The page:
Tuesday, January 26, 2016

Conservatives are fairly asking what the GOP has won for them in the Obama era. Here's a truncated list

“Under President Obama, Democrats have lost 900+ state legislature seats, 12 governors, 69 House seats, 13 Senate seats,” GOP strategist Rory Cooper observed. “That’s some legacy.”

The nation’s fed up GOP voters will be quick to tell you that electoral victories don’t matter to them if they do not yield any measurable achievements, which is perfectly fair. What is not fair is how they quantify those achievements. For those farsighted conservatives who measure the pace of American political evolution over the course of generations, the devastation the Obama era has wrought to the Democratic Party should warm the cockles. “The absence of up-and-coming Democrats is evident in Washington, here the party leadership in Congress consists largely of aging veterans,” the New York Times reported. “The average age of the three top Democratic leaders in the House is 75, while the three most senior Republican leaders – with the new speaker of the House, Paul D. Ryan – average 48 years old.” Under Obama, a generation of Democrats who might have risen through the ranks in red and purple states was wiped out. Those are change agents who will never reach maturity and won’t be guiding their states or their country to the left.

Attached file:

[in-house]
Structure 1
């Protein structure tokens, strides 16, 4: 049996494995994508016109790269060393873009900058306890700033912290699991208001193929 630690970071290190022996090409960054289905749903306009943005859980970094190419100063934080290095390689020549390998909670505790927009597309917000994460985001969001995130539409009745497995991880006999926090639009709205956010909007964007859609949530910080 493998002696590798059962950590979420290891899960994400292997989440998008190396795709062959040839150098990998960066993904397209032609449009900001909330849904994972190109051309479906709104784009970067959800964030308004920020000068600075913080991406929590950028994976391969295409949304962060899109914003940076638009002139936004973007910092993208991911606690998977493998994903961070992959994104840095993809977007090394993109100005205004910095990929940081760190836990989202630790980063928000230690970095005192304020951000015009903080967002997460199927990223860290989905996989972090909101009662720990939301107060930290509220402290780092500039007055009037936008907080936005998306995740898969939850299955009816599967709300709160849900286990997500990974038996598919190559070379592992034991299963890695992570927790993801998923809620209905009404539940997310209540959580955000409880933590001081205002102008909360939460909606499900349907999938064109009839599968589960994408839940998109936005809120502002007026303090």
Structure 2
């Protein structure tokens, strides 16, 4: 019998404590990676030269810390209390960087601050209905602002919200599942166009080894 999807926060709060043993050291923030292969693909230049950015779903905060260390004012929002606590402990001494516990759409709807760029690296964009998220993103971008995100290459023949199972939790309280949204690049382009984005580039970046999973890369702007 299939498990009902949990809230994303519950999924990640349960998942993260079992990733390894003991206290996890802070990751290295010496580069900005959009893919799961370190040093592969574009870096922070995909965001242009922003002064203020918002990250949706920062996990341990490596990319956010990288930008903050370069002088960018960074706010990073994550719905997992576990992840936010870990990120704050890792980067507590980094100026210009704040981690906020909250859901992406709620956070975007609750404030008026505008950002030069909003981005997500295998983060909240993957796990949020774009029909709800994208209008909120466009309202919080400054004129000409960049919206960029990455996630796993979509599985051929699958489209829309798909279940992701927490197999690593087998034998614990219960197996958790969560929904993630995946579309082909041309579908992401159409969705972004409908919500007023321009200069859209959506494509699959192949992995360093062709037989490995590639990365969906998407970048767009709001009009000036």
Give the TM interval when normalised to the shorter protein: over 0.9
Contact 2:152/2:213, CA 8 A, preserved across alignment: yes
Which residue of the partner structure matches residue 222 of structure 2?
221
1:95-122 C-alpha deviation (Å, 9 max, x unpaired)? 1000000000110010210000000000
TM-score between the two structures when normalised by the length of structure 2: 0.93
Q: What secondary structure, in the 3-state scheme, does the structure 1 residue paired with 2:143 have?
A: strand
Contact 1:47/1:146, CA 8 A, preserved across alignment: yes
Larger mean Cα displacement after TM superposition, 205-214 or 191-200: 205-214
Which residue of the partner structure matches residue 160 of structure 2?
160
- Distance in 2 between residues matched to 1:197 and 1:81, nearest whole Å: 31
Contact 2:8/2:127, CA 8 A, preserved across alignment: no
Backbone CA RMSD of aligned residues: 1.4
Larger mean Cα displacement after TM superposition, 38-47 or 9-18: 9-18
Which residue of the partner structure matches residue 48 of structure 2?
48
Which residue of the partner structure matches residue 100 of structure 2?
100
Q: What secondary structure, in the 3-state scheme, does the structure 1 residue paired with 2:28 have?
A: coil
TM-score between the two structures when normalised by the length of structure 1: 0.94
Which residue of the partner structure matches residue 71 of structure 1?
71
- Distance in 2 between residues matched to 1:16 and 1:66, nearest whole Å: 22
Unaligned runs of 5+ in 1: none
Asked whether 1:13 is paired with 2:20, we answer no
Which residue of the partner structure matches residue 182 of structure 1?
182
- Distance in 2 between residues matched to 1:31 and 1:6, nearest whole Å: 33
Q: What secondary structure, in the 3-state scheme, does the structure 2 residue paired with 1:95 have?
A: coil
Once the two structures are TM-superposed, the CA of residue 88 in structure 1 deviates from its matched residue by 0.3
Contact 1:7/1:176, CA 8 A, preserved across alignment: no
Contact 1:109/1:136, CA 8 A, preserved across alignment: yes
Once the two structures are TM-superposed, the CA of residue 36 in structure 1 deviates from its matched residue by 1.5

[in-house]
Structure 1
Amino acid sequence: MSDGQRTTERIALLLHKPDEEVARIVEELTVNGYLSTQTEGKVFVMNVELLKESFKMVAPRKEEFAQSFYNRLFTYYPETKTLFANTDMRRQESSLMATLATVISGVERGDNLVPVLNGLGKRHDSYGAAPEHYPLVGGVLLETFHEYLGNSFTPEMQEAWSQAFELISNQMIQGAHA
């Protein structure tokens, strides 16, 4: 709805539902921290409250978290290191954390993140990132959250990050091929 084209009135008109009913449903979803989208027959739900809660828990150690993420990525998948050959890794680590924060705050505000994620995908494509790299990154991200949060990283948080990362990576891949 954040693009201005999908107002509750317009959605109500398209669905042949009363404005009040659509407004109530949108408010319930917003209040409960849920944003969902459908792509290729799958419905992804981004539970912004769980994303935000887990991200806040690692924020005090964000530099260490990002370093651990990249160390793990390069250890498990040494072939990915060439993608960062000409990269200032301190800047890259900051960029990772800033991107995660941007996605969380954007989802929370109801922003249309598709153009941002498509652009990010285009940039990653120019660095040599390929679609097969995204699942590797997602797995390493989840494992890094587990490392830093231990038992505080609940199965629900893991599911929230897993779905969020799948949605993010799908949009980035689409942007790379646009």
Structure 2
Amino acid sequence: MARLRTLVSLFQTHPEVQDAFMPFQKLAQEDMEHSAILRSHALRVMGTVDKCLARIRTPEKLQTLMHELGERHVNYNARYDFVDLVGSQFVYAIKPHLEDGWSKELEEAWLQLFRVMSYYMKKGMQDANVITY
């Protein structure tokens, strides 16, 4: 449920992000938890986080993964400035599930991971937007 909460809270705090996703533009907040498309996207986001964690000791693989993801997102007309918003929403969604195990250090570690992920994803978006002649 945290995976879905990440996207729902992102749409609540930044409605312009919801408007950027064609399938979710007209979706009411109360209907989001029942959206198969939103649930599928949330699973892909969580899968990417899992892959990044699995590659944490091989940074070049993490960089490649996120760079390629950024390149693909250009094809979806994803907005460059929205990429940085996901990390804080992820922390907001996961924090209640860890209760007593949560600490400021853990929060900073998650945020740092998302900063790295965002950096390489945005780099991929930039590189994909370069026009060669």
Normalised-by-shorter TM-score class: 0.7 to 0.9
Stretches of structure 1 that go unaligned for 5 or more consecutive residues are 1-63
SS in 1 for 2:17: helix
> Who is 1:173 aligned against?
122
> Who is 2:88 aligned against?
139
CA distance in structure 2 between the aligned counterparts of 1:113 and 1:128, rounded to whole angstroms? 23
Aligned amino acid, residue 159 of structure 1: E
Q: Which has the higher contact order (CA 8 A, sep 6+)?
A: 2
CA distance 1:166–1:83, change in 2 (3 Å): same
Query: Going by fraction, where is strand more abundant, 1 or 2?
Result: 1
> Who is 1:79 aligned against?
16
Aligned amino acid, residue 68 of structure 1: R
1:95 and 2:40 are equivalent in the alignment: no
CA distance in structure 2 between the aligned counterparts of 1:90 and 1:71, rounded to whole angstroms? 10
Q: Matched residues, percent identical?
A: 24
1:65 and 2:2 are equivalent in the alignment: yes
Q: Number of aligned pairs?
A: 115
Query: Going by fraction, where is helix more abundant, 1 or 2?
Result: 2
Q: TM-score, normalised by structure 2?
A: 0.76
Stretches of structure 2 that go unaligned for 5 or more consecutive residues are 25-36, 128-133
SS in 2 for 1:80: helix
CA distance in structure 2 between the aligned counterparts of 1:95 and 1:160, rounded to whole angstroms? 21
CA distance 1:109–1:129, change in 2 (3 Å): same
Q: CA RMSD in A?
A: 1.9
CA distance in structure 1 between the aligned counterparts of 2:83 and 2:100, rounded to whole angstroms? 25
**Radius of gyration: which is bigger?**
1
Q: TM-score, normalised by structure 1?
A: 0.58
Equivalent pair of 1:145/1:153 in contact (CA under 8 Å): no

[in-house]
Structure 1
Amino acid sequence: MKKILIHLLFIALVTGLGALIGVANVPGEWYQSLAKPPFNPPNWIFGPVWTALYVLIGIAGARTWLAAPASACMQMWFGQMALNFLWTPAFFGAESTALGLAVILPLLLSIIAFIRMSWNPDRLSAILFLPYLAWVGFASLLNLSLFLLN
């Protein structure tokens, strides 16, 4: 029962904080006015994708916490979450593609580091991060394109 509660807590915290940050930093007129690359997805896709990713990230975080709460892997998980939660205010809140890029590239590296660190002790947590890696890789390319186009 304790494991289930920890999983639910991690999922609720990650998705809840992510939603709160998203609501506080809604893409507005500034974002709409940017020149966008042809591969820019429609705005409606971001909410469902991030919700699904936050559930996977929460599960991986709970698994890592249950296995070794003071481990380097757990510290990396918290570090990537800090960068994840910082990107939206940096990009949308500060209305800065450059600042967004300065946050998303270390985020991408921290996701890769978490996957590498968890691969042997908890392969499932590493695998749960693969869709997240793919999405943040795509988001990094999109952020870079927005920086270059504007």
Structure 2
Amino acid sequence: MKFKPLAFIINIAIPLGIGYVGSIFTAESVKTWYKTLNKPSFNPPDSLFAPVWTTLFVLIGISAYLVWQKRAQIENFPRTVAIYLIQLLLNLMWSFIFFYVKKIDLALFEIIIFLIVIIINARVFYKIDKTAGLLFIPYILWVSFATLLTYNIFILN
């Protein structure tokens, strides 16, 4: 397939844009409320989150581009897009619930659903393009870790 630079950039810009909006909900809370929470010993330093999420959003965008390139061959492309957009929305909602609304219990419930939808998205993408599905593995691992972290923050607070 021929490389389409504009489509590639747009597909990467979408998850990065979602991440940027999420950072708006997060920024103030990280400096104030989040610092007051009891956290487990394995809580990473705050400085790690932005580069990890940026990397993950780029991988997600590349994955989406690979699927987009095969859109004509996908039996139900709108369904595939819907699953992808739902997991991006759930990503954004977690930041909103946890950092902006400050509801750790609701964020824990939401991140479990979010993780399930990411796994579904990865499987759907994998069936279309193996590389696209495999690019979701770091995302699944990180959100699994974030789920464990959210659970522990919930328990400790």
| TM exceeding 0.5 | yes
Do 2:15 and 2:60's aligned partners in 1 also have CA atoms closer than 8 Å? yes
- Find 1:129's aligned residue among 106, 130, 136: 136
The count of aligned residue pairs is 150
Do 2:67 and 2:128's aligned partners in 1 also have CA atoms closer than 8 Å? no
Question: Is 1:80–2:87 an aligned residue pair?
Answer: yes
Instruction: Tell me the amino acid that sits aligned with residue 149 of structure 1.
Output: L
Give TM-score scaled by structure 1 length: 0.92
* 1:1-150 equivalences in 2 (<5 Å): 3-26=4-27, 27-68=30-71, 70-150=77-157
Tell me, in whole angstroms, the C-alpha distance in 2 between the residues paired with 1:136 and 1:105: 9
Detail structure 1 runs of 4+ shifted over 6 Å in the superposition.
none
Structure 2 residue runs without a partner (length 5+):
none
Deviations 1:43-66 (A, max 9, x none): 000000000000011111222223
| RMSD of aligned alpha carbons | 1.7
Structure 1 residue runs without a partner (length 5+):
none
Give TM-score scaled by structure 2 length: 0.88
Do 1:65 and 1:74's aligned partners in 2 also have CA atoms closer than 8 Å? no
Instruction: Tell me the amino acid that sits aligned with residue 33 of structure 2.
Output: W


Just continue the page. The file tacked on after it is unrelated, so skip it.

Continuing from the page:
...Republicans have prevented and paid grave political prices for blocking retributive legislation aimed at curtailing the fictitious scourge of gender payment disparities resulting from gross sexism. Along with centrist Democrats, they foiled unnecessary gun control legislation, which would have only had the effect of soothing Democratic nerves and not in reducing gun violence. They have provided a check on the Democratic Party that would rewrite the First Amendment to the Constitution to prevent institutions with which they disagree from engaging in political speech. After winning control of both chambers, the Republican Party forced Barack Obama to veto the repeal of the Affordable Care Act – demonstrating its frailty and highlighting how Democrats and Republicans alike are deeply dissatisfied with the law as it is presently constructed.

For the press, the headlines have written themselves. “GOP blocks bill to stop terrorists from buying guns”; “GOP blocks minimum wage, sick leave proposals”; “Senate GOP blocks Paycheck Fairness Act for the second time”; “Obama: GOP blocked 500 bills.” For serving as the firewall voters wanted, Republicans get no credit from their core supporters. They are, however, on the receiving end of all the condemnation the left can muster. Theirs is a thankless task.